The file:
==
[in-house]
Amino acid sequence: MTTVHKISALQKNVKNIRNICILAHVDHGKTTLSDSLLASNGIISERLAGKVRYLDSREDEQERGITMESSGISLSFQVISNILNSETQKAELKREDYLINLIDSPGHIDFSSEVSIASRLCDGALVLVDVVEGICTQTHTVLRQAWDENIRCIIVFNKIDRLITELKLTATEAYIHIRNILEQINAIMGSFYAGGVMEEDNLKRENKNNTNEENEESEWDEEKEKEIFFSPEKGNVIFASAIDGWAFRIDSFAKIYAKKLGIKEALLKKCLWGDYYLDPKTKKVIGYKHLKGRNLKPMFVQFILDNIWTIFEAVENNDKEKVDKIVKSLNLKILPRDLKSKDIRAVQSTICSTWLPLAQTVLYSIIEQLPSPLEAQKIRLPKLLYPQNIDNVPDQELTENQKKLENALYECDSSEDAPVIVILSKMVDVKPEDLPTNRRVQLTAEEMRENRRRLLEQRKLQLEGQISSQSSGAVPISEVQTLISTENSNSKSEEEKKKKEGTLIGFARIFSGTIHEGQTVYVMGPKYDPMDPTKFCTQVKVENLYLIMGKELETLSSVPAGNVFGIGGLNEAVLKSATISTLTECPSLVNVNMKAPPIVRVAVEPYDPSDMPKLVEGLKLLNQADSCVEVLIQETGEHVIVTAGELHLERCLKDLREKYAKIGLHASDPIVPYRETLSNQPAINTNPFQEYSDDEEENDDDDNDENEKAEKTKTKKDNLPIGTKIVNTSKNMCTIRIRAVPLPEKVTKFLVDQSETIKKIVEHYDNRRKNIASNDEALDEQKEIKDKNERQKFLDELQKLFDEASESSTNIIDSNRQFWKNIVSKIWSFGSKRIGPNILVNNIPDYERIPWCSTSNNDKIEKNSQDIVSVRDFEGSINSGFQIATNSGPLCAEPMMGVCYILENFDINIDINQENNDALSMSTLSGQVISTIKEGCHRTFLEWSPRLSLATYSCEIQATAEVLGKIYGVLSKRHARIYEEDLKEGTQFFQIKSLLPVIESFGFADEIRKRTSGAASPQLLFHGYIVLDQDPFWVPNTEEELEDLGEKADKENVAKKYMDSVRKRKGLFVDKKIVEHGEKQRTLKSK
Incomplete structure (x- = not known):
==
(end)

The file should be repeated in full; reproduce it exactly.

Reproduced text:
[in-house]
Amino acid sequence: MTTVHKISALQKNVKNIRNICILAHVDHGKTTLSDSLLASNGIISERLAGKVRYLDSREDEQERGITMESSGISLSFQVISNILNSETQKAELKREDYLINLIDSPGHIDFSSEVSIASRLCDGALVLVDVVEGICTQTHTVLRQAWDENIRCIIVFNKIDRLITELKLTATEAYIHIRNILEQINAIMGSFYAGGVMEEDNLKRENKNNTNEENEESEWDEEKEKEIFFSPEKGNVIFASAIDGWAFRIDSFAKIYAKKLGIKEALLKKCLWGDYYLDPKTKKVIGYKHLKGRNLKPMFVQFILDNIWTIFEAVENNDKEKVDKIVKSLNLKILPRDLKSKDIRAVQSTICSTWLPLAQTVLYSIIEQLPSPLEAQKIRLPKLLYPQNIDNVPDQELTENQKKLENALYECDSSEDAPVIVILSKMVDVKPEDLPTNRRVQLTAEEMRENRRRLLEQRKLQLEGQISSQSSGAVPISEVQTLISTENSNSKSEEEKKKKEGTLIGFARIFSGTIHEGQTVYVMGPKYDPMDPTKFCTQVKVENLYLIMGKELETLSSVPAGNVFGIGGLNEAVLKSATISTLTECPSLVNVNMKAPPIVRVAVEPYDPSDMPKLVEGLKLLNQADSCVEVLIQETGEHVIVTAGELHLERCLKDLREKYAKIGLHASDPIVPYRETLSNQPAINTNPFQEYSDDEEENDDDDNDENEKAEKTKTKKDNLPIGTKIVNTSKNMCTIRIRAVPLPEKVTKFLVDQSETIKKIVEHYDNRRKNIASNDEALDEQKEIKDKNERQKFLDELQKLFDEASESSTNIIDSNRQFWKNIVSKIWSFGSKRIGPNILVNNIPDYERIPWCSTSNNDKIEKNSQDIVSVRDFEGSINSGFQIATNSGPLCAEPMMGVCYILENFDINIDINQENNDALSMSTLSGQVISTIKEGCHRTFLEWSPRLSLATYSCEIQATAEVLGKIYGVLSKRHARIYEEDLKEGTQFFQIKSLLPVIESFGFADEIRKRTSGAASPQLLFHGYIVLDQDPFWVPNTEEELEDLGEKADKENVAKKYMDSVRKRKGLFVDKKIVEHGEKQRTLKSK
Incomplete structure (x- = not known):